Is Tinnitus Really the Problem?

Discussion in 'Support' started by allone, Sep 20, 2012.

    1. allone

      allone Guest

      Or is it the reaction to the sound itself that is the problem, just wondering lately if the sound is perfectly normal experience for whatever reason and not really something that can be eliminated at all..prolly a common question in here, but I dont see an end to this static in sight at all.
    2. mock turtle

      mock turtle Member

      puget sound
      Tinnitus Since:
      07/26/1992...habituated after 2 years; 11/04/11 new outbreak
      both and its a combination of the two

      cause if you had no tinnitus...then ok no problem

      but on the other hand if you had roaring, squeaky, fingernail on the glass, high pitched tinnitus with crickets and the creeking door sounds.......... but your attitude was....... hey what the heck...then again no problem

      thats what TRT is about , getting a person to view their tinnitus as no big deal and realizing it is just a sound and diverting attention to the rest of life until one day the tinnitus isnt even noticed because the brain has gotten bored with the repetitious "sound" and so the brain just tunes it out

      best wishes
    3. Lance

      Lance Member

      Tinnitus Since:
      I'm so glad I found this thread.
      It is true that the reaction to the sound is the problem.

      The holy grail of tinnitus habituation is exactly as you said ...
      Getting a person to view their tinnitus as no big deal and realizing it is just a sound and diverting attention to the rest of life until one day the tinnitus isnt even noticed because the brain has gotten bored with the repetitious sound.

      That is just what I needed to reaffirm, to get through the day.
    4. fitActive04

      fitActive04 Member

      Washington, DC
      Tinnitus Since:
      Cause of Tinnitus:
      Head Trauma
      It sounds as if you are comparing the same object to itself. Obviously the sound is the problem and our label for the sound is the word "tinnitus". So, asking if it's tinnitus "or the sound" is a bit off. That's like saying, "Is cancer really the problem, or is it the abnormal growth of cells?"

      To dive a little deeper, I'd say the biggest problem with tinnitus (which is the sound I hear) is the type of sound. If we all heard relaxing music, this site probably wouldn't exist. But, the fact that the noise, that under normal circumstances, triggers your limbic system to warn you of an impending threat is the real issue. You hear many sounds every day that you don't even notice because they don't register as "dangerous".

      My personal theory in habituating to tinnitus revolves around the questions: How can I tell my limbic system that tinnitus is not something it needs to warn me about? How can I tell my limbic system to go back looking for other threats? Well, obviously the limbic system does not take commands in the form of human language. You can't say - "Hey, ignore that sound." Therefore, I've determined that you "speak" to those areas of your brain through a action/reaction method. Meaning, the more you react to something, the more your limbic system is reinforced that the stimulus is important enough to freak out about. The more you under-react... over time sends a message that the stimulus is not very important. So, how do you under react? That amazing tool called the prefrontal cortex. This is where you make a conscious decision about how to respond and you don't allow your brain to push the panic button.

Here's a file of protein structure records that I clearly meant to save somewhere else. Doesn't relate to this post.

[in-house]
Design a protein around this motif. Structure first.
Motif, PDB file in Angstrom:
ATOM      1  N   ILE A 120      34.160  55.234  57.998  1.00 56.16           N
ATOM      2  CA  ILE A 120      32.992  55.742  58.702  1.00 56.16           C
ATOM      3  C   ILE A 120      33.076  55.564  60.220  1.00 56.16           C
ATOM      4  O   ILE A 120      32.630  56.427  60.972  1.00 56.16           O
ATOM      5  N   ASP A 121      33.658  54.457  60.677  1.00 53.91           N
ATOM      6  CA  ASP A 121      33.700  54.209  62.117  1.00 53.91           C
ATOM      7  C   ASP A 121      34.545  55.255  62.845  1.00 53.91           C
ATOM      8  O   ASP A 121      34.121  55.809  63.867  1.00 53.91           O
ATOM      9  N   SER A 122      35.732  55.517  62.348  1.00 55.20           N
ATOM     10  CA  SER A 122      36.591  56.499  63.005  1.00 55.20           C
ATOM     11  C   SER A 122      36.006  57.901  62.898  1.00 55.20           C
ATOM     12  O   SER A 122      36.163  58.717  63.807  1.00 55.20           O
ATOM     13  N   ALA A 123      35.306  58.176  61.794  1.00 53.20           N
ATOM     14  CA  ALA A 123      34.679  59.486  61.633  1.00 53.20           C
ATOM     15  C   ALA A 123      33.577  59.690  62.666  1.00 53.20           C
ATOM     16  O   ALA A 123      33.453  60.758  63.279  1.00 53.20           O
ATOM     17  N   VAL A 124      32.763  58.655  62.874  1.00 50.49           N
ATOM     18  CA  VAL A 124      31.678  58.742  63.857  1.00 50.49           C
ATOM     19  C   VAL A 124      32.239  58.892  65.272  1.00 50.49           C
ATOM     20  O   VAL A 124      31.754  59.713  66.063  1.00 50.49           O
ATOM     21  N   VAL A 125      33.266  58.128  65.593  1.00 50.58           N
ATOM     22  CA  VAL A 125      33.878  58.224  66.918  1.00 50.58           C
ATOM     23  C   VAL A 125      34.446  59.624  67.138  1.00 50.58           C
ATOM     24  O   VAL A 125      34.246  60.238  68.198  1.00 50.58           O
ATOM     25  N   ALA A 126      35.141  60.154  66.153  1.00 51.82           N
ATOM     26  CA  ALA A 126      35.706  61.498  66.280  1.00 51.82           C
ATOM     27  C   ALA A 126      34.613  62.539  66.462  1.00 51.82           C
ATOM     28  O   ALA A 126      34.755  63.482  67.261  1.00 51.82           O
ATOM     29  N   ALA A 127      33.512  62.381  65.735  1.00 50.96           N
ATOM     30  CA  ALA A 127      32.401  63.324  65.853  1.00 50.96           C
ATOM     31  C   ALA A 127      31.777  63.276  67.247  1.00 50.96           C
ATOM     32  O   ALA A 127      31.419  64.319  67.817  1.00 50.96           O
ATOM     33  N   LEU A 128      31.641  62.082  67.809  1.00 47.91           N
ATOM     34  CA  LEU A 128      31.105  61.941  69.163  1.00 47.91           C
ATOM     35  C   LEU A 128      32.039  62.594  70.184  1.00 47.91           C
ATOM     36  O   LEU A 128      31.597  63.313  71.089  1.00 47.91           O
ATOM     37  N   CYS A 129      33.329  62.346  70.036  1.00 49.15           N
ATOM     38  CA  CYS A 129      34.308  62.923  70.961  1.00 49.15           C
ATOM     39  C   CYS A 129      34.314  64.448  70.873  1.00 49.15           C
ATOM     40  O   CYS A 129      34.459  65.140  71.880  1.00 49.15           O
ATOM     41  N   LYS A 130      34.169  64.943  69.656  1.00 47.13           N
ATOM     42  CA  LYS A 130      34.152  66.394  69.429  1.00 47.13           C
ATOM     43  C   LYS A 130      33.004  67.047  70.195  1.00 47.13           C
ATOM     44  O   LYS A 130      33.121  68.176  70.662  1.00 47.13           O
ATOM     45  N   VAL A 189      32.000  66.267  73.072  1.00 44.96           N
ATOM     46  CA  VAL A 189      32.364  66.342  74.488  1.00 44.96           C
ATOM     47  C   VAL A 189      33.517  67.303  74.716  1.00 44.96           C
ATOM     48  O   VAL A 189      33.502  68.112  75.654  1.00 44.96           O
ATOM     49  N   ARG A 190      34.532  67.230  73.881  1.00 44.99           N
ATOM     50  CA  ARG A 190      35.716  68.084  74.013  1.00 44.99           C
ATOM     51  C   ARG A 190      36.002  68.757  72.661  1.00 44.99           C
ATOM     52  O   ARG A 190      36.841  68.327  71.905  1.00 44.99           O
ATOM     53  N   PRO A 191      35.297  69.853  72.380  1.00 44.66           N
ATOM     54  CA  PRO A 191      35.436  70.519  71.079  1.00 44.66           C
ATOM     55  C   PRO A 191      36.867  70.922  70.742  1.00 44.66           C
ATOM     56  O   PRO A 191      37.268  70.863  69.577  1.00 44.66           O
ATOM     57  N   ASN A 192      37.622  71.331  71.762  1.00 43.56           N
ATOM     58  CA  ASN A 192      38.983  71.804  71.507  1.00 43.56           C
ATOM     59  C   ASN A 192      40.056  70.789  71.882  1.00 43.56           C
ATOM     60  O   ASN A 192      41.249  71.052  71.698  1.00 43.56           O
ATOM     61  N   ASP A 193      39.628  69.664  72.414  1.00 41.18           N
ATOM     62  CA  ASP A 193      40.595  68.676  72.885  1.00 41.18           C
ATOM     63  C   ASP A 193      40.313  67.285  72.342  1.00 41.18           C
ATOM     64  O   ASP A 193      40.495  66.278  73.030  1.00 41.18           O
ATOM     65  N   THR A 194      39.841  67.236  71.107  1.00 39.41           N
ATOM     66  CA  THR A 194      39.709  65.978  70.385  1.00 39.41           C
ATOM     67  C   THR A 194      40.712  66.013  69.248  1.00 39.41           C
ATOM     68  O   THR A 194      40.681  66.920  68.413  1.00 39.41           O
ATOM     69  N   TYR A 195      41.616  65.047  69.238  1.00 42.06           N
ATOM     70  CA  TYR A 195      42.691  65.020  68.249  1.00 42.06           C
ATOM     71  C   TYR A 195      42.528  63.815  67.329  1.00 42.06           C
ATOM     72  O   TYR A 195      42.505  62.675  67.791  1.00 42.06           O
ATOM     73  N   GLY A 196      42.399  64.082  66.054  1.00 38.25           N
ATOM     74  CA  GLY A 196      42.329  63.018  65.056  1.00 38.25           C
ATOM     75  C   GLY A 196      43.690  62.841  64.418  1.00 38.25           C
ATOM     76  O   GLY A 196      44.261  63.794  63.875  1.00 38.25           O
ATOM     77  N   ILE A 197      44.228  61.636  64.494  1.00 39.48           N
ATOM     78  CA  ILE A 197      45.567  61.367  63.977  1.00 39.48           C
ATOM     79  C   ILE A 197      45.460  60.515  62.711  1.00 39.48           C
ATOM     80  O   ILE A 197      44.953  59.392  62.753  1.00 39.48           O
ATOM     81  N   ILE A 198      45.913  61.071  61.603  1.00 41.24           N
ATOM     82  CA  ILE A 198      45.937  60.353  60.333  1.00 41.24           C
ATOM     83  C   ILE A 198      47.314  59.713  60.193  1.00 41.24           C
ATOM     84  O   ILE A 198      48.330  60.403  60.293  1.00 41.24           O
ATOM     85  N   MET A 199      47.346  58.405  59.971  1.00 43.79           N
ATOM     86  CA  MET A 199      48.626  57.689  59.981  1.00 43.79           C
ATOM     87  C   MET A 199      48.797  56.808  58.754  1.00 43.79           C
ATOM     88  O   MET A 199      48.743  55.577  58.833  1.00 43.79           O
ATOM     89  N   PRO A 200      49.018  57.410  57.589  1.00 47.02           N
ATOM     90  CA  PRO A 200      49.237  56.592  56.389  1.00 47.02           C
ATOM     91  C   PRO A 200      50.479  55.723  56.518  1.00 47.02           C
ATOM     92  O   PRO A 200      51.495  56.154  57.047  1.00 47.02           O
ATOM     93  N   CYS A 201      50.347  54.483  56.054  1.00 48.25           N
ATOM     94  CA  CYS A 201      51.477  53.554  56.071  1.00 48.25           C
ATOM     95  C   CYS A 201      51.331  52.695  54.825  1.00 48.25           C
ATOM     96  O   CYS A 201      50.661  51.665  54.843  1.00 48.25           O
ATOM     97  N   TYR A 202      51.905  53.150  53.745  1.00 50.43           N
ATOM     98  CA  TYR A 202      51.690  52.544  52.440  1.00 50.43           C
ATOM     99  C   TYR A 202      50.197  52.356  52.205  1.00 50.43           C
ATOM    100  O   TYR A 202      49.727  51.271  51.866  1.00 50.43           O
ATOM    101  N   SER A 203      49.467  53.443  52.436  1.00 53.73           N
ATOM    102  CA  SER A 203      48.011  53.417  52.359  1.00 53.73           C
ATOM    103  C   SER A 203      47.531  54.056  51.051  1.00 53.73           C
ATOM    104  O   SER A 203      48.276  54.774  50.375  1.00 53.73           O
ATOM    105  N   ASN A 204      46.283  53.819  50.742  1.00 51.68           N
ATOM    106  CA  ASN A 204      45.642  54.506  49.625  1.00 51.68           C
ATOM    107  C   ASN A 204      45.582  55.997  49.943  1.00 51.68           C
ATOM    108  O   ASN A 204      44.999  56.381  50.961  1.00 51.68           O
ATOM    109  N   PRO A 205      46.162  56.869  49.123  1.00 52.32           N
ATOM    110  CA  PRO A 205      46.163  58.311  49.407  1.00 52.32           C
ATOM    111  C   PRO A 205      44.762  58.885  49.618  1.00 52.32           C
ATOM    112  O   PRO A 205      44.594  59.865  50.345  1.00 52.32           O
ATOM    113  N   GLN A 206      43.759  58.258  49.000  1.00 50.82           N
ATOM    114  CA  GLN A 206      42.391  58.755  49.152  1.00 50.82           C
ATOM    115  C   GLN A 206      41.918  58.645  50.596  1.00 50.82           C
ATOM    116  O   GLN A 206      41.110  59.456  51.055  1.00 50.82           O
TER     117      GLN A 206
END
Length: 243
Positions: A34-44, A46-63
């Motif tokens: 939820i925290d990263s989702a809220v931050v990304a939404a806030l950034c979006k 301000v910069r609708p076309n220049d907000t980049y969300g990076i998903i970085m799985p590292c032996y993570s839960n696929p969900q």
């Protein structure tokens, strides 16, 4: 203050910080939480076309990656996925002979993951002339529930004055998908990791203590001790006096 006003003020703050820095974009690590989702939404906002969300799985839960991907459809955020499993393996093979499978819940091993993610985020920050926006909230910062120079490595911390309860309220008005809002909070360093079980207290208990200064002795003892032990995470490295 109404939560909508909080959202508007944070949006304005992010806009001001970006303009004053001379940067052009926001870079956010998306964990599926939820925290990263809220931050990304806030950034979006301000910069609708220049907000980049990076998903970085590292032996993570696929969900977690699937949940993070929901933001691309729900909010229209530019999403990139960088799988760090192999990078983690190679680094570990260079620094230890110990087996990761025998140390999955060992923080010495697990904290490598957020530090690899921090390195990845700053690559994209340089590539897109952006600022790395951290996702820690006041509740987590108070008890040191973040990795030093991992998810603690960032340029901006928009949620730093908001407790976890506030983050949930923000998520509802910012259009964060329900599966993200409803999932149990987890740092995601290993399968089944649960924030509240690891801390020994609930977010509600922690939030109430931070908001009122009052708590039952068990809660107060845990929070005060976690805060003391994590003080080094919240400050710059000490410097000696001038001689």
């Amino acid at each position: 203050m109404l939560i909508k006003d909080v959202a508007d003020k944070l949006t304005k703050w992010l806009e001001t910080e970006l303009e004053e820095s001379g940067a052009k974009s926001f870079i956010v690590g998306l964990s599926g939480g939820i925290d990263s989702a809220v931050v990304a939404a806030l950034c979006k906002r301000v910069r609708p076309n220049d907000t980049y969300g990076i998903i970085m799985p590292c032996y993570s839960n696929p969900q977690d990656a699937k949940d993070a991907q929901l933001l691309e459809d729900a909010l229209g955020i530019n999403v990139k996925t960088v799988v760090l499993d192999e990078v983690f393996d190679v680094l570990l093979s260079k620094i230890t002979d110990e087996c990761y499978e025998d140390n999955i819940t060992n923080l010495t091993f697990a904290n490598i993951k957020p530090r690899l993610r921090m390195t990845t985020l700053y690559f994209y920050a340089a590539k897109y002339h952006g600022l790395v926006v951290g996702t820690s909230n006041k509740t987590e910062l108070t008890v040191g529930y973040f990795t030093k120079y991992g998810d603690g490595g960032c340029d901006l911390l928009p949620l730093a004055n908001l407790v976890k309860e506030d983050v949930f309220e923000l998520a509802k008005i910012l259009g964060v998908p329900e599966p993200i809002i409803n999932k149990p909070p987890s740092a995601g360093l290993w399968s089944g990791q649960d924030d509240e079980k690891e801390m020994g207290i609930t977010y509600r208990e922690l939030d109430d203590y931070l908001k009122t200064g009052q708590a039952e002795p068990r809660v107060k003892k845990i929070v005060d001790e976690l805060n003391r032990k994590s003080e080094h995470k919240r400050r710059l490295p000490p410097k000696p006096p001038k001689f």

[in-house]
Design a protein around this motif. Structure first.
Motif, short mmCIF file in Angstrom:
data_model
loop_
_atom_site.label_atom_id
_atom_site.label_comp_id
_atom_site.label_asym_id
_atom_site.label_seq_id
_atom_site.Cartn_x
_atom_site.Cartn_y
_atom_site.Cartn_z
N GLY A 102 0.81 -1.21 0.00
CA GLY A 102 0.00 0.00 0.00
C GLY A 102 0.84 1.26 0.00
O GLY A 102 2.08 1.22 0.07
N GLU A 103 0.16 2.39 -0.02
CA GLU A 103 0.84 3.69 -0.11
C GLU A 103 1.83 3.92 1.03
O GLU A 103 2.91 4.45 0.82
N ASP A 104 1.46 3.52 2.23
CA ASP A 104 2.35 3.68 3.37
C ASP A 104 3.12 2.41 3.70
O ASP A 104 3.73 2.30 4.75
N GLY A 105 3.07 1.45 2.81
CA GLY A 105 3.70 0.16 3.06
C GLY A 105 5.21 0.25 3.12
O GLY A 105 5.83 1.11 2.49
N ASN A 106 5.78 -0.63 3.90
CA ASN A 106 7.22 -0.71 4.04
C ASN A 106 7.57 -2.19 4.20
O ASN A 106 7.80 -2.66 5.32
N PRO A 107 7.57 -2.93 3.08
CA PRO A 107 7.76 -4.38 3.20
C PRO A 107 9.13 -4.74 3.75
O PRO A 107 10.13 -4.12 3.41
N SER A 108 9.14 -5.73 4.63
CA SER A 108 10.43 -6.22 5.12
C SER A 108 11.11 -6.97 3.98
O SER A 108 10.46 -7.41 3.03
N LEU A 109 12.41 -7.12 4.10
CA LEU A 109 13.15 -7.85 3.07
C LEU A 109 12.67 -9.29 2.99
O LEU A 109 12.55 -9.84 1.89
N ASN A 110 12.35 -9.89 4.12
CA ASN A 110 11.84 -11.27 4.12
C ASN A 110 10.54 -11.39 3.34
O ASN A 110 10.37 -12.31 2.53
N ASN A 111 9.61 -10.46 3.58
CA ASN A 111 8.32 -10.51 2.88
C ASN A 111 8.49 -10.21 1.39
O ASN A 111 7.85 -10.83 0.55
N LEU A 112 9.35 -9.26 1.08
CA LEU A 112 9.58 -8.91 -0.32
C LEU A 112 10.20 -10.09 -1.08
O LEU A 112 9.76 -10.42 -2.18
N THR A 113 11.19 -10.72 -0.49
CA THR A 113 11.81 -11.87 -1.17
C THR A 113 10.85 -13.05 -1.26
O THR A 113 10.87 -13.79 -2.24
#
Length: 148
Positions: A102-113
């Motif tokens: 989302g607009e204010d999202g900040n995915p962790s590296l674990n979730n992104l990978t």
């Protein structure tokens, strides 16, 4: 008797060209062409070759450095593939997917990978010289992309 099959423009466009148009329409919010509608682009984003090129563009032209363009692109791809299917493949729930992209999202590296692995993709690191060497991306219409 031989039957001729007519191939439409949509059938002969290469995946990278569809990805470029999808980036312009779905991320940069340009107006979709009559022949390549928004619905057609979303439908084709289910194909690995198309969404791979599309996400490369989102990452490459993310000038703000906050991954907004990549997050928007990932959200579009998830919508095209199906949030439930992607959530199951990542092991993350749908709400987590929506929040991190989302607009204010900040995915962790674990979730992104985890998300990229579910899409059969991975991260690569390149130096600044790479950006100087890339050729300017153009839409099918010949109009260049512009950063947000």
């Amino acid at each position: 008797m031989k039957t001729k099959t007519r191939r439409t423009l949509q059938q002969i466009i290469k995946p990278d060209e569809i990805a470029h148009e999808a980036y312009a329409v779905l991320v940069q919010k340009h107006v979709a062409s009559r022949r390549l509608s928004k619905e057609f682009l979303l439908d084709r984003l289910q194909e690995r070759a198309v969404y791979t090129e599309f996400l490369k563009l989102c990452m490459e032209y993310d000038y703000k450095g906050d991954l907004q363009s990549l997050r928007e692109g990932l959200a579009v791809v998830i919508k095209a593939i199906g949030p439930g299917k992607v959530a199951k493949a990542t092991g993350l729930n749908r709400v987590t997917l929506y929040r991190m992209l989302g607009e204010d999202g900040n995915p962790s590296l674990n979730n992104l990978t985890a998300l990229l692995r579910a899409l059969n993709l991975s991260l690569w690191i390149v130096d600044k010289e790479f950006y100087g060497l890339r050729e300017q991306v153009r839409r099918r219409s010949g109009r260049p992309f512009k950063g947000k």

For example, if you were afraid of spiders and the sight of one caused you to freak out and panic, then expect the same response every time you see a spider. Eventually, your reaction could spark full-blown panic and you could live in a state of fear - never wanting to leave your house because you may see a spider. Afraid to sleep because of spiders. But, what if the next time it happens, you decide you are going to stop, take a deep breath, relax, and handle the situation differently? Instead of a panic reaction, you respond deliberately and consciously. Well, over time... your reaction to spiders would change. With enough practice, your limbic response to seeing a spider would be minimal. How does this relate to tinnitus? I like to say... ironically enough... "The more you can live without tinnitus, the more you live without tinnitus." It's easy to get worked up and to think - I will have to hear this noise 24/7 the rest of my life!!! But, that's sort of lying to yourself because nobody really hears it 24/7. We all have times throughout our day in which we are unaware of its existence for several reasons. So, let's not give it more credit than it deserves and lets empower ourselves by acknowledging that it is not 24/7. The next question to ask yourself is - how many hours a day do I notice my tinnitus? Maybe 12? 4? 8? 2? Whatever the number is, the goal is to use techniques to reduce it over time... and you reduce it by taking your brain's attention away from it by doing whatever you can: call a friend, turn on the TV, listen to some music, meditate on your breath, sing, etc.... because all of these things contribute to the same purpose - blunting the warning from the limbic system. Essentially, you are speaking to it... sending the message... "This sound is not important. I do not care about it." Hence... the more time in your day you can spend not fixated on your tinnitus, the more you live without tinnitus.

      Anyway... I'm not a doctor, so maybe I'm wrong. But, that's just my summarized, casual, observation. It has worked for me.
      • Agree Agree x 1
    5. PaulBe

      PaulBe Member Benefactor

      Tinnitus Since:
      Cause of Tinnitus:
      Probably sound, though never proven
      The sound has to be there for the reaction to occur. Real problems start when the reaction becomes a fully learned behaviour.

Share This Page